Welcome to Tiger Kingdom
High-pitched horns wailed in the chaotic traffic on the outskirts of Chiang Mai, Thailand. The exhaust from rickety jalopies and revving dirtbikes was captive in the congestion. I covered my nose and mouth with my shirt, which was damp with perspiration from the prominent humidity, because I sat in a windowless tuktuk, a three-wheeled motorcycle/automobile crossbreed taxi. The driver, a tan, scrawny man wearing faded jeans, a tank-top, and worn leather sandals, turned around and said, “Sorry for traffic, my friend. Very close to Tiger Kingdom.”
After escaping the traffic, the driver opened up the throttle down a dusty road, which paralleled a murky-brown river. He slowed the tuktuk to round a corner and then I saw the wooden “Welcome to Tiger Kingdom” sign up ahead. My legs jittered and I could not sit still.
Upon arriving inside Tiger Kingdom, I paid the driver and exited the tuktuk. I walked up the stairs to find tiger themed pencils, mugs, hats, shirts, and stuffed animals on racks and in display cases surrounding the front desk. A sweet Thai woman behind the desk asked what tigers I desired to pet. My options included baby tigers, young adolescents, or full grown, eight-hundred-pound behemoths. I chose the latter and paid the equivalent of fifteen US dollars to lounge with the tigers for fifteen minutes. The woman pointed to a hallway in the stained, wooden building and told me I would discover many tigers.
Just as I made it down the hallway, I came upon a gargantuan enclosure with a pool, several trees, boulders, and two tigers inside. An employee trained a tiger with a thin bamboo pole. He pointed to various places and this menacing, regal creature stopped at the end of the pole, whereby it received a juicy piece of meat as a reward. The other tiger, lounging atop one of the boulders, yawned and revealed its intimidating fangs. It shook its head, chuffed, and resumed sunbathing. These tigers looked healthy, full of life, and the staff obviously cared about them. When researching this outing in Chiang Mai, people raved about the beauty of the facility and the fact that the tigers weren’t drugged or harmed in any way. After seeing these majestic creatures, I could not fathom drugging them for financial gain, which certain places near Bangkok do.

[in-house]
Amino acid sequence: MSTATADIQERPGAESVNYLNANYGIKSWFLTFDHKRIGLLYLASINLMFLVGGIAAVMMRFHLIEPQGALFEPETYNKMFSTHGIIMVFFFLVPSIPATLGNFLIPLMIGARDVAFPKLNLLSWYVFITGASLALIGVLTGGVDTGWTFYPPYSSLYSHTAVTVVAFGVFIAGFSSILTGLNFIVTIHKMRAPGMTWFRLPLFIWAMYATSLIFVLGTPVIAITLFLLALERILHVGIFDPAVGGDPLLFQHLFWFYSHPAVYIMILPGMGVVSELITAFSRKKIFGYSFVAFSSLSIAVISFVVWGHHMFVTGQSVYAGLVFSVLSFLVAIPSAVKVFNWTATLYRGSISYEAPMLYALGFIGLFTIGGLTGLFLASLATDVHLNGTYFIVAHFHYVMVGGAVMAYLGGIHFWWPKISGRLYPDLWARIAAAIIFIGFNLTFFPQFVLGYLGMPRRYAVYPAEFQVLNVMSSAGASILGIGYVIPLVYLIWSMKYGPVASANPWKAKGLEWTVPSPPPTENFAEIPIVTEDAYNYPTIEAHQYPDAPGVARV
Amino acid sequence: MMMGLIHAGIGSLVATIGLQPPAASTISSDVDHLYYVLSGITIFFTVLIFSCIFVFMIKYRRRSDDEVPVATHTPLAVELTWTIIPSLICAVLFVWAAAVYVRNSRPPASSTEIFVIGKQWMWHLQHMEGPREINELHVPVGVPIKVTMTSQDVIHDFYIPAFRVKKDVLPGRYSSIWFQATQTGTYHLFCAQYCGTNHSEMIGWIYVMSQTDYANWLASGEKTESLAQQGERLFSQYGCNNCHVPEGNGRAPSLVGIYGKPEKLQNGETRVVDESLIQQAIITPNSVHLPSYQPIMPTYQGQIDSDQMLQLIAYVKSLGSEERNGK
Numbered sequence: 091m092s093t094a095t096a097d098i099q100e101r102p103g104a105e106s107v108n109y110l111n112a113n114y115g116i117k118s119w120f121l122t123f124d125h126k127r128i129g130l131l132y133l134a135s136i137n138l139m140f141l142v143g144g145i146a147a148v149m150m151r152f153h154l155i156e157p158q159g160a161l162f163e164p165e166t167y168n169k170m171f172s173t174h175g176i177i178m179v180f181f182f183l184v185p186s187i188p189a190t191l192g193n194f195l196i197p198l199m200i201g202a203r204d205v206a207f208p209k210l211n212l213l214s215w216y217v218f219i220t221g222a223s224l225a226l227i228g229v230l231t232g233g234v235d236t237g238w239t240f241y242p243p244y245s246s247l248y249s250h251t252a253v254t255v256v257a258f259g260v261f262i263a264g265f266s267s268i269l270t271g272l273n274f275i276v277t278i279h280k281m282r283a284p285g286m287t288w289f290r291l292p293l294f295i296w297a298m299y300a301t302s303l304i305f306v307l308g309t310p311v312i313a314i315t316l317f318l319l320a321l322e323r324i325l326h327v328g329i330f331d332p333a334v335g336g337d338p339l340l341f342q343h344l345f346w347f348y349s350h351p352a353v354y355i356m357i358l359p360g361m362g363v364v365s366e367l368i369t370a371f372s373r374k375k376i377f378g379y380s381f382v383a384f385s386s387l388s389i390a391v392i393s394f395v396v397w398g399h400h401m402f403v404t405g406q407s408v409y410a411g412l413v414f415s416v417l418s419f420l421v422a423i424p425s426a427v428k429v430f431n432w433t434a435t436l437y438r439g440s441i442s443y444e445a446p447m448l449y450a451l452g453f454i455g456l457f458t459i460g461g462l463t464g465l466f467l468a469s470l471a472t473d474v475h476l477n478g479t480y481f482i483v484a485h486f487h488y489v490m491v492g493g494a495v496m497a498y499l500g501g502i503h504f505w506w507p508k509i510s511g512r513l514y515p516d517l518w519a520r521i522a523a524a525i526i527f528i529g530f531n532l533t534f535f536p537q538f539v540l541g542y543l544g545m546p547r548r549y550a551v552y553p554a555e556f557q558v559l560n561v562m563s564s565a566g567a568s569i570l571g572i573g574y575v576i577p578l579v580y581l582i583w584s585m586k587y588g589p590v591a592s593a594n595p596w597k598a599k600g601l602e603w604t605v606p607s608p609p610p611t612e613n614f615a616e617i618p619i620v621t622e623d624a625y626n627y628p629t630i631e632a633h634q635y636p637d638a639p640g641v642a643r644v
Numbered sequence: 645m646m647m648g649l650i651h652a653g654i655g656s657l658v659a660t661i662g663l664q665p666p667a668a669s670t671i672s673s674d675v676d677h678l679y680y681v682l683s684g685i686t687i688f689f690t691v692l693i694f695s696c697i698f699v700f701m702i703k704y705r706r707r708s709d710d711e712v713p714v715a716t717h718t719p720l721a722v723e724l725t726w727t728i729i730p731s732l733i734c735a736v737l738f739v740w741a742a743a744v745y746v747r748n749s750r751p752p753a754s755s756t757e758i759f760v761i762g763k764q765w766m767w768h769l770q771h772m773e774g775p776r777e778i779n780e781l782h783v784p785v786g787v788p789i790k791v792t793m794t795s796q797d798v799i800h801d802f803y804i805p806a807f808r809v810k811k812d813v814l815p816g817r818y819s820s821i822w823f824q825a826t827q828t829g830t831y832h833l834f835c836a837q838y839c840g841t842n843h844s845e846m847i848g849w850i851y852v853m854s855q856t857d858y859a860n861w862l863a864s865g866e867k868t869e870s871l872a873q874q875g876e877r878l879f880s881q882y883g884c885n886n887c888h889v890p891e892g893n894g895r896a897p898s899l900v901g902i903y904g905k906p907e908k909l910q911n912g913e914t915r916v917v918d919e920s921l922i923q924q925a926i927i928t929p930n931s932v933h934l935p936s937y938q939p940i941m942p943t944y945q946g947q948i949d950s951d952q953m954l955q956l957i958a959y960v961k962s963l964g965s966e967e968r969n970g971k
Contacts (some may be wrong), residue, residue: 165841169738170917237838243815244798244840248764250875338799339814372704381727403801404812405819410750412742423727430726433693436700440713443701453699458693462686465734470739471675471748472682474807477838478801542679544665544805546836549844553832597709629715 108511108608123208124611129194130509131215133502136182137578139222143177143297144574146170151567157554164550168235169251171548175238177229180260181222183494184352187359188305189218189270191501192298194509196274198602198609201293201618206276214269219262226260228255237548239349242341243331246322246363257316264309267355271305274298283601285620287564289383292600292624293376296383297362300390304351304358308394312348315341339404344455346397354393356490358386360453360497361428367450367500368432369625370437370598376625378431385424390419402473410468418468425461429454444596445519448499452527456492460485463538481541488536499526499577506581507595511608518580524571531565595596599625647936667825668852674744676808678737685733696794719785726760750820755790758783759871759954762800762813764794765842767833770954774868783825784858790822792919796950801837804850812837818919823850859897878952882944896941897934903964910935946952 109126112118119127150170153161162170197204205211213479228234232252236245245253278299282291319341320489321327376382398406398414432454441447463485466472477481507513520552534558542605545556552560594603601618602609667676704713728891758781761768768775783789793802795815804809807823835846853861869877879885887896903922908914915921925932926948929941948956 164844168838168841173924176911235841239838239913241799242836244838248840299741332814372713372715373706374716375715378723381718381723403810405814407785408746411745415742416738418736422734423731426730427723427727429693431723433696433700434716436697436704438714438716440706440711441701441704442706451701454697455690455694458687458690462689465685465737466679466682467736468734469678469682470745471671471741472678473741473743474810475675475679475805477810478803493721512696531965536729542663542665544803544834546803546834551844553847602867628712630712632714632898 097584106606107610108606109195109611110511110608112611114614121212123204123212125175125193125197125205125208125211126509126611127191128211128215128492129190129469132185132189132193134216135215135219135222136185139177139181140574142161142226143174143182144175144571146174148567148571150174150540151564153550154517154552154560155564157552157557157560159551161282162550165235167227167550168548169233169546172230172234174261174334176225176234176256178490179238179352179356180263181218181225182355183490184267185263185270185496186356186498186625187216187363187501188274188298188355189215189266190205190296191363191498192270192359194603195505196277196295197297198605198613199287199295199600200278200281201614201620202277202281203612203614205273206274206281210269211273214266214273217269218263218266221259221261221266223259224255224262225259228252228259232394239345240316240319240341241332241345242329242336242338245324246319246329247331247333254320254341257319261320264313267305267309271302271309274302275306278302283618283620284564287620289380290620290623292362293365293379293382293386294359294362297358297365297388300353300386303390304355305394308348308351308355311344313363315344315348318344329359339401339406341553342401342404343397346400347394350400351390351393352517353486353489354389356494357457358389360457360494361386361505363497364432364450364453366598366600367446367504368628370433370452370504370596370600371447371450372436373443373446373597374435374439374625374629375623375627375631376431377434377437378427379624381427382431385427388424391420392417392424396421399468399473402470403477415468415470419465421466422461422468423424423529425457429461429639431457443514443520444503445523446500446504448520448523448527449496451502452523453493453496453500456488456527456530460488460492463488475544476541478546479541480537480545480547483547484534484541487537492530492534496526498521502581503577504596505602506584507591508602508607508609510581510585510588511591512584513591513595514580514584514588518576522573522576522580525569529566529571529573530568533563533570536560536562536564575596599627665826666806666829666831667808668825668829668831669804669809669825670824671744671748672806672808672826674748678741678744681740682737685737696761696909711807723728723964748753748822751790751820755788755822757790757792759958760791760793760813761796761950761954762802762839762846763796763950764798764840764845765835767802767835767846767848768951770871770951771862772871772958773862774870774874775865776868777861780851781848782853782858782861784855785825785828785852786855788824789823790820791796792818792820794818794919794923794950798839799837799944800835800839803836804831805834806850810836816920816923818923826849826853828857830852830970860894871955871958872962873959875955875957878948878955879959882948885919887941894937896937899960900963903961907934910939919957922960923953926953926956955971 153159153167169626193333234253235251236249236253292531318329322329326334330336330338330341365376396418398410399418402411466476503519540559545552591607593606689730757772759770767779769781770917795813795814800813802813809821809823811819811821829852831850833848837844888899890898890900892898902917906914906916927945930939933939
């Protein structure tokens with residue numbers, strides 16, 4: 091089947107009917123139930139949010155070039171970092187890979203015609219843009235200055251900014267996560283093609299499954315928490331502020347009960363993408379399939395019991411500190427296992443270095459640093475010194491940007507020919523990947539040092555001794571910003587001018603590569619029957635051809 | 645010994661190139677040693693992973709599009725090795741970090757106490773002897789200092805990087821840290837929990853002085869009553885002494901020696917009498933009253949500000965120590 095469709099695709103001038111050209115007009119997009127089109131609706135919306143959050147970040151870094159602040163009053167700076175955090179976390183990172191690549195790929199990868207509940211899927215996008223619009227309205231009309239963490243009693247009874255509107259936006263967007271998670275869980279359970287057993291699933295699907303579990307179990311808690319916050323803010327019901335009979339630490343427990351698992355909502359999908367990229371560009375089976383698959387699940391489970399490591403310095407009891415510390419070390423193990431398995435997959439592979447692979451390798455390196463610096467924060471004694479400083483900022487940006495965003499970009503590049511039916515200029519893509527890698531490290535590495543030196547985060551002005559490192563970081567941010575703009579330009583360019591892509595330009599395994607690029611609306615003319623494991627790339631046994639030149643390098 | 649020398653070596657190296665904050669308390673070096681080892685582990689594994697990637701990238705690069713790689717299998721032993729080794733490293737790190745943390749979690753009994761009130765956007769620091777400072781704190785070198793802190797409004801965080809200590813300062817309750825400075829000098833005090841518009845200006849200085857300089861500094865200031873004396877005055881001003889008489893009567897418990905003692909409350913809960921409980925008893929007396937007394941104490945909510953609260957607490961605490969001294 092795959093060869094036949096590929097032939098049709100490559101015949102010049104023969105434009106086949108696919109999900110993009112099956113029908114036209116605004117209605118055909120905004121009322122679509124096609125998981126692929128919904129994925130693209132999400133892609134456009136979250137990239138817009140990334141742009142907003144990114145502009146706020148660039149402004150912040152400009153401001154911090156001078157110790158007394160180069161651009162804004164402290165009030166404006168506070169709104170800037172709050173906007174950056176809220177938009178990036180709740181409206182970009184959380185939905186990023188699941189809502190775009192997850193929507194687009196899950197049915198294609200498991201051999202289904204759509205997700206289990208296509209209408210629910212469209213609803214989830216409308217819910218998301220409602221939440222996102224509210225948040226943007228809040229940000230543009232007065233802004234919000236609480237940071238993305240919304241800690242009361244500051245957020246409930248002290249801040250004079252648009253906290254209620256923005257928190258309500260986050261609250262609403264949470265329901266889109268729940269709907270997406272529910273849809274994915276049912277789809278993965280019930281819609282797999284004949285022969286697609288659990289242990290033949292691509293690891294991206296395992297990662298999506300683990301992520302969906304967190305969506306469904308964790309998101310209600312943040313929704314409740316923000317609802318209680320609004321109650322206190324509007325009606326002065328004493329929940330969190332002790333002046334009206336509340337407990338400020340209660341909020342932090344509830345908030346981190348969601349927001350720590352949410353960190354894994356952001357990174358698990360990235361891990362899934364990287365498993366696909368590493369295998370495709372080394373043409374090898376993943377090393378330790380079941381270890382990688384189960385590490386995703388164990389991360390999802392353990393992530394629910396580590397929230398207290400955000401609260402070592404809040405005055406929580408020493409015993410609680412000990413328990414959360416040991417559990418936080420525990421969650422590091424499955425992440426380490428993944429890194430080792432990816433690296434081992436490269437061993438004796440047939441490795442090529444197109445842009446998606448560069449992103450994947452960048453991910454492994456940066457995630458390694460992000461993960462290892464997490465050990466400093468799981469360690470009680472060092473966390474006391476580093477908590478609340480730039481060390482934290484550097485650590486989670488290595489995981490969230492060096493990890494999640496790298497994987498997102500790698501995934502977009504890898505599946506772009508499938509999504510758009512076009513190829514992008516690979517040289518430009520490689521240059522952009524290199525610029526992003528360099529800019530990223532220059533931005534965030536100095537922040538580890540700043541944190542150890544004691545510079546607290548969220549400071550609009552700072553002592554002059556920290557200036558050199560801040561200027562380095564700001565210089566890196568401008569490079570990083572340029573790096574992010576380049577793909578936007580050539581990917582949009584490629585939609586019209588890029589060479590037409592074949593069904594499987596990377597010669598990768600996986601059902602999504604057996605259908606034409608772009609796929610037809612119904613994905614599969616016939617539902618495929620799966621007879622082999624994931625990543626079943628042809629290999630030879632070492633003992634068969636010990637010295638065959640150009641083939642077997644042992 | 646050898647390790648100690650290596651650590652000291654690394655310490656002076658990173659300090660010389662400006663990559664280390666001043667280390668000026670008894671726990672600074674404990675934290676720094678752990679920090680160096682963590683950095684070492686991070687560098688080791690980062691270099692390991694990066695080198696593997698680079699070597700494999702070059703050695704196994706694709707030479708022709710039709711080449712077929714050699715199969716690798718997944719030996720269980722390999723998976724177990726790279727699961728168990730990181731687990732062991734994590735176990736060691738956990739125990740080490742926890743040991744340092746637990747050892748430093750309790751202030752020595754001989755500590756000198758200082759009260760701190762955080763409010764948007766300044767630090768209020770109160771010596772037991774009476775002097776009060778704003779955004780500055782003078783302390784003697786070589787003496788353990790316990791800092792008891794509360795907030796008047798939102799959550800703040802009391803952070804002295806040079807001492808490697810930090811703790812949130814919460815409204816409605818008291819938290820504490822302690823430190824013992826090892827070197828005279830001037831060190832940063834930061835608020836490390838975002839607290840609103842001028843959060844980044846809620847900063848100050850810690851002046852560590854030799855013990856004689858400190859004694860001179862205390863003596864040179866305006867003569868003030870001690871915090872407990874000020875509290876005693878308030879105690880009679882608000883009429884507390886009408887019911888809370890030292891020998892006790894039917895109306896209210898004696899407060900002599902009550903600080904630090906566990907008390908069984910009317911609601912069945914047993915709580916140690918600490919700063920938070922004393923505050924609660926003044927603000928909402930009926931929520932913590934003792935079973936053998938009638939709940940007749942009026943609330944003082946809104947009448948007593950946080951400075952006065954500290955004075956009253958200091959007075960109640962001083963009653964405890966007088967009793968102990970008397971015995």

I continued along the dirt footpath and wandered around enclosures with various sized tigers inside. The large tigers lounged and people lay on them, scratching the furry bellies. The little cubs played around like kittens, clawing at balls of string and other toys in the enclosure. The adolescent tigers were the most active, horsing around and playfully biting. One man, who was inside the adolescent tiger cage, got frightened when two tigers got more rowdy than he was prepared to handle. But the staff member remained calm, gently approaching the beasts and separated them. I was inspired by the connection these people shared with the animals. They understood the harm those tigers could cause, and seemed grateful to be in their presence.
“You are petting tigers, my friend?” A male staff member asked me. My face was pressed against the cage. My fingers clutched the cage and I felt like a child at the zoo for the first time. I turned to the employee and nodded. “Come this way.” He opened a door, closed it, and then opened the second door leading into the enclosure. My heart raced. I was fresh flesh amid five eight-hundred-pound beasts. The employee, who wore tattered jeans and a Tiger Kingdom shirt, smiled at me as he pointed to one of the tigers. “This is Big Joe. Please, lie down,” he said, gesturing me to lie on the tiger.
The tiger’s warm fur was smooth. Big Joe turned his head around to look at me. His onyx eyes were piercing. In that moment, I fully appreciated the severity of the situation and was grateful not to be a shredded piece of meat between his teeth. I understood my place and recognized Big Joe as a greater, powerful being. Thais revere tigers because they embody courage and strength and while I acknowledged those traits, there was an innate gentleness present. Perhaps the Thai trainers transmitted compassion to the tigers via their Buddhism. By respecting and loving the animals, they in turn respect humans. I consider myself privileged to have entered into that reciprocal relationship between man and beast.
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